Saving Money for Your Children’s Education: RESPs and More
For years, Canadian parents have saved for their children’s education using Registered Education Savings Plans, or RESPs. This popular government-sponsored savings plan offers several advantages. But RESPs also have some limitations, so it’s important to consider other savings options as well. In this article, I’ll cover some RESP basics and provide you with a few alternatives for saving money for your child’s education.
What Is an RESP?
A Registered Education Savings Plan is the most common type of savings vehicle for a child’s education. It’s a government registered savings program that offers two key benefits: tax-sheltered growth and a government grant (CESG) added to the contributions made to an RESP during the plan’s life.
How Do RESPs Work?
As long as your child has a Social Insurance Number, you can open an RESP account for them. As their parent, you would be considered the subscriber of the RESP plan, and your child would be the beneficiary. Grandparents and other family members and friends can also open RESP accounts.
Individual vs. Family RESP Plan
These days, most financial institutions offer both individual and family RESP plans. An individual plan can accommodate one beneficiary (child), while a family plan allows for multiple beneficiaries under the same account. This provides some added flexibility for families with more than one child.
While balances inside a family plan are tracked separately for each child, parents have the option of transferring funds between beneficiaries if needed. This comes in handy if one or more children decide not to pursue post-secondary education. Rather than relinquishing the grant, the funds can be transferred to another child.
Contributing to an RESP
Unlike RRSPs, RESPs do not have an annual contribution limit. They do, however, have a lifetime contribution limit of $50,000. Through the Canada Education Savings Grant (CESG), the Canadian government provides a 20% match on all annual contributions up to and including $2500. In other words, an annual contribution of $2500 would result in a $500 grant being added to the account every year, up to the lifetime maximum grant of $7200. Additional grants, such as the Canada Learning Bond, are available for low-income families.
Growth of the RESP
Funds held in an RESP account are tax-sheltered until they are withdrawn. This includes client contributions and grant money. Eventually, when funds are withdrawn to pay for post-secondary education, they are taxed in the beneficiary’s hands rather than their parent’s. This makes RESPs a tax-efficient way to save.
Drawbacks of an RESP
For all of their benefits, RESPs are not perfect. For example, if your child opts out of post-secondary schooling, not only is the grant money forfeited, but the funds are taxed in the hands of the subscriber (parent), which can result in a large income tax bill. There is an option to transfer unused RESP money to the subscriber’s RESP, but several conditions must be met before this can happen.
Whether or not you’re currently saving inside an RESP, here are some other, more flexible savings options to consider for your children’s education.
1. High Interest Savings Accounts
Known for their low fees and attractive interest rates, high interest savings accounts are a staple of several Canadian online banks, such as Tangerine, EQ Bank, and Simplii. While this type of savings doesn’t offer grant money or tax-sheltered growth, non-registered savings accounts provide safety and a high level of flexibility by allowing account holders to withdraw funds for any purpose at any time. For these reasons, a high interest savings account can complement a Registered Education Savings Plan.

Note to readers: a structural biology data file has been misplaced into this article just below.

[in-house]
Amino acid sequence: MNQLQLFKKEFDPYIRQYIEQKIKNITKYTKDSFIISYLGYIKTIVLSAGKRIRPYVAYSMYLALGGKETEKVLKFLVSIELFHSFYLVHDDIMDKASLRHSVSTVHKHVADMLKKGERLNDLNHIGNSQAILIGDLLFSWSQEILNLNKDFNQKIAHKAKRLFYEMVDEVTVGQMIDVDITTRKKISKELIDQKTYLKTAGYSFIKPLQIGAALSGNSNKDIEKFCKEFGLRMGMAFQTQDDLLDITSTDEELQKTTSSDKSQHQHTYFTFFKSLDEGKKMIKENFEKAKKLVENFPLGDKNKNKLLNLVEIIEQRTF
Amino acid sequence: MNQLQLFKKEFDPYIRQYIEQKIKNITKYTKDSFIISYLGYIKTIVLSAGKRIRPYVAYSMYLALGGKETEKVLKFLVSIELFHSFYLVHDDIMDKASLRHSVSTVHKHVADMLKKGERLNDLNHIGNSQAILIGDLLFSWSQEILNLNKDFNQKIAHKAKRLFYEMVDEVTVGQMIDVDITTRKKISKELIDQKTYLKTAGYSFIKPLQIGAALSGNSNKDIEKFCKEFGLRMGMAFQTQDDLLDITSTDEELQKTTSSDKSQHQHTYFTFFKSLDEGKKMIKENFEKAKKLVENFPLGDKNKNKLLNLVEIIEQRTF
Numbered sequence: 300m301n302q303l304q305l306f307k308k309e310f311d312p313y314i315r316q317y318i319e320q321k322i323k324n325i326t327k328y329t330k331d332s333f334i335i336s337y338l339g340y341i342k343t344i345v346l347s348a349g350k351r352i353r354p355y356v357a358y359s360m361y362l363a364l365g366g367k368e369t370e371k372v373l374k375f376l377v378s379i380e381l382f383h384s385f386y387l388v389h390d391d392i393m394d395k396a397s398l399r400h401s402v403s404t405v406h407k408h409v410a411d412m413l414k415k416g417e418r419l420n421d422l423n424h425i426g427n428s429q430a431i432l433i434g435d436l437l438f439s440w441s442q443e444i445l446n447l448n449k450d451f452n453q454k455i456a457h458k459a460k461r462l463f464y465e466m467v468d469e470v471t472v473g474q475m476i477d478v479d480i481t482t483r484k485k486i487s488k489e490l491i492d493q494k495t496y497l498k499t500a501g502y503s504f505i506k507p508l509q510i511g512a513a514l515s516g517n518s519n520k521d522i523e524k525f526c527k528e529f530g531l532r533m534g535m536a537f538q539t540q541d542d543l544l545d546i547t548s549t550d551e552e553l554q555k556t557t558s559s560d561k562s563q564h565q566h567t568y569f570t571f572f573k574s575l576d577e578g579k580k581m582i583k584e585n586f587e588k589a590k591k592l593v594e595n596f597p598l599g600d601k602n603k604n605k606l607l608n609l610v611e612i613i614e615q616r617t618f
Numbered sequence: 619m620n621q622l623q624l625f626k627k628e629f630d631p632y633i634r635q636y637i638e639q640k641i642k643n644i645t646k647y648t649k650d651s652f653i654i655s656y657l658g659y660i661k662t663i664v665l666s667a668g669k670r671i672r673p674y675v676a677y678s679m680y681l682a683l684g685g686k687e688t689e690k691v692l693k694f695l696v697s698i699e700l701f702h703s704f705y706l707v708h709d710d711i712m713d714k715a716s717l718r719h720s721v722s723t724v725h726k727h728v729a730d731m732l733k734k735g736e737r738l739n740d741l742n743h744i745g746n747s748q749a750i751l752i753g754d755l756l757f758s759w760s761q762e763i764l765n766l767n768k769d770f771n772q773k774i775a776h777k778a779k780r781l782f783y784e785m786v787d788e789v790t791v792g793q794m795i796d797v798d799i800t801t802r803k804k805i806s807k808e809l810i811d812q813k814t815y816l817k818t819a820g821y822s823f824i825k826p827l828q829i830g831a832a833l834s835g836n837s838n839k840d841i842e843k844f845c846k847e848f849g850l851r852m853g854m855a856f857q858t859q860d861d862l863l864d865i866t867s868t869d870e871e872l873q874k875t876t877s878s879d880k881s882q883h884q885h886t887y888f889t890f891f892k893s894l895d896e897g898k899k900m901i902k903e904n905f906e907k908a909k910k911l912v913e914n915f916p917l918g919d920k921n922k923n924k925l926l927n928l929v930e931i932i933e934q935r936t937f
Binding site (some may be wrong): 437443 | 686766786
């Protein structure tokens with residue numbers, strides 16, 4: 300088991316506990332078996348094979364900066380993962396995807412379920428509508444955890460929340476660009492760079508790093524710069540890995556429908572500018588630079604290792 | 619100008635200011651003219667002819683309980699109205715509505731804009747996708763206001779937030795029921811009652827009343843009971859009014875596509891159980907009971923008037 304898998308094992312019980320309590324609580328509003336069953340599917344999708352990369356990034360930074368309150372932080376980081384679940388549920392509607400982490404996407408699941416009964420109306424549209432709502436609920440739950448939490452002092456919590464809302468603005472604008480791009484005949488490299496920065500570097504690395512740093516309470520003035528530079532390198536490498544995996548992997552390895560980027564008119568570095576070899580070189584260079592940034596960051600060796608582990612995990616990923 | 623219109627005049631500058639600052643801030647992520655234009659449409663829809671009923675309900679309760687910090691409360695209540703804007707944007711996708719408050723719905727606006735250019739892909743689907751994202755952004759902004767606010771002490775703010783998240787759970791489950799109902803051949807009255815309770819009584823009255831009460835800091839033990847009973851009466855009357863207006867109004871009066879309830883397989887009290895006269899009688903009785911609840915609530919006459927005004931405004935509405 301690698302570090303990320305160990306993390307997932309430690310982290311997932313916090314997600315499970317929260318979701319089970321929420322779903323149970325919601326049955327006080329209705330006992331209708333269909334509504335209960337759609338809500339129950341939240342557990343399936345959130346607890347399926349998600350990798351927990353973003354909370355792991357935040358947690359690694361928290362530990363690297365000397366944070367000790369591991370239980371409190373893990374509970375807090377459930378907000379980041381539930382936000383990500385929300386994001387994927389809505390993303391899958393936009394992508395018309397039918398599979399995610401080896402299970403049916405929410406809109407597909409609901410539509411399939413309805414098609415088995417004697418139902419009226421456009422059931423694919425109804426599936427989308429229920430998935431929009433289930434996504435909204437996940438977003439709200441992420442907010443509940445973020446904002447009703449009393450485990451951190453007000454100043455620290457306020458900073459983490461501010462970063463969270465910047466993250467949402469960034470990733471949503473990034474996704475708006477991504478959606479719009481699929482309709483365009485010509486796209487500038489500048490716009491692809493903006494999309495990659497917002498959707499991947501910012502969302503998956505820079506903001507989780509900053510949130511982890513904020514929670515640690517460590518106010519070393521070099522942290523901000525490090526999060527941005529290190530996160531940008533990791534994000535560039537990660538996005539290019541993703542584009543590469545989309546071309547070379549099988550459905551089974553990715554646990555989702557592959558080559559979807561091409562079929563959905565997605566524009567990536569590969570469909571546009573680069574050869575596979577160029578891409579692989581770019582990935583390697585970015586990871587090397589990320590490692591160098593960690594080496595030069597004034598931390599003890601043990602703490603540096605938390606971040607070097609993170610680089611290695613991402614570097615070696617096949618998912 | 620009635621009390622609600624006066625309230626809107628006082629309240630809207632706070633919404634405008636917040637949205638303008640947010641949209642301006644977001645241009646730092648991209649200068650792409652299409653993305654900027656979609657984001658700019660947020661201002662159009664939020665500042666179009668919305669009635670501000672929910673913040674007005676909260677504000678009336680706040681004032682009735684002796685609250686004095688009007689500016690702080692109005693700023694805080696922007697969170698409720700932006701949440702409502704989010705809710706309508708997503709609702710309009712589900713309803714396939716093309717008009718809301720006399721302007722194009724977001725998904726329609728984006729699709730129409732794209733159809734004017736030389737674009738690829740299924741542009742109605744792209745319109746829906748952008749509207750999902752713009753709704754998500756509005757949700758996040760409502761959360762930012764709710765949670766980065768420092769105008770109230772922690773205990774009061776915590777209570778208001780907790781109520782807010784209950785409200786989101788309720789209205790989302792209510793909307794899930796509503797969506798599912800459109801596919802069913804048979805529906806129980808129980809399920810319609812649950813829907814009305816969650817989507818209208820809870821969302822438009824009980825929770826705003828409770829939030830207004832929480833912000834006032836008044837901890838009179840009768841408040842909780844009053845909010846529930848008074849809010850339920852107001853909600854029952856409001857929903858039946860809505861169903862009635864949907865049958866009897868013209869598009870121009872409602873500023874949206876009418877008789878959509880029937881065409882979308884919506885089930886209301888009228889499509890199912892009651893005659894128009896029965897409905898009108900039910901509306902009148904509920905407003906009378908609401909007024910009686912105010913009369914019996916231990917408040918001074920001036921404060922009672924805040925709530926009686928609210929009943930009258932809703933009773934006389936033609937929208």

2. Tax Free Savings Accounts
Tax Free Savings Accounts (TFSAs) are another form of a registered savings plan. Much like an RRSP or RESP, they offer tax-sheltered growth on contributions. While you can’t open a TFSA in a child’s name (account holders must be the age of majority), you could use some of your TFSA room to set aside funds for their education if it isn’t already fully funded.
Currently, the annual contribution limit for a TFSA is $6000. If you have never opened a TFSA account, the lifetime contribution room is $75,500 for 2021. You can open a TFSA account at just about any financial institution in Canada.
3. Corporate Dividends
If you’re self-employed and own a corporation, you may be able to use your business to fund your child’s education by paying them out a corporate dividend from the company’s accumulated savings. This would be a tax-efficient way to save, as the dividends would be taxed in the child’s hands.
To receive a dividend, your child would first need to own shares in the corporation. If this situation applies to you, talk to your accountant about the possibilities of using corporate dividends to help you save.
A Caution About Group RESPs
Some RESP plans are known as Group RESPs. These plans are very different from regular RESPs and lock subscribers into contractual contribution agreements. The penalties can be severe if parents opt out of contributing to the plan for any reason. Many Group RESP companies impose other restrictions on plan holders. I strongly recommend that parents stick with traditional RESP plans offered by banks and other investment companies.
Final Thoughts on Saving for Children
For parents who haven’t yet opened a Registered Education Savings Plan, it’s a great first step to save for a child’s education. However, remember that it’s not the only way to save. If your child is already in high school, you may decide that it’s not worth starting an RESP due to limitations placed on CESG eligibility if an RESP is not opened before a child turns 15. The good news is that non-registered savings accounts and TFSAs are viable alternatives. For maximum flexibility, your best bet may be a combination of the three.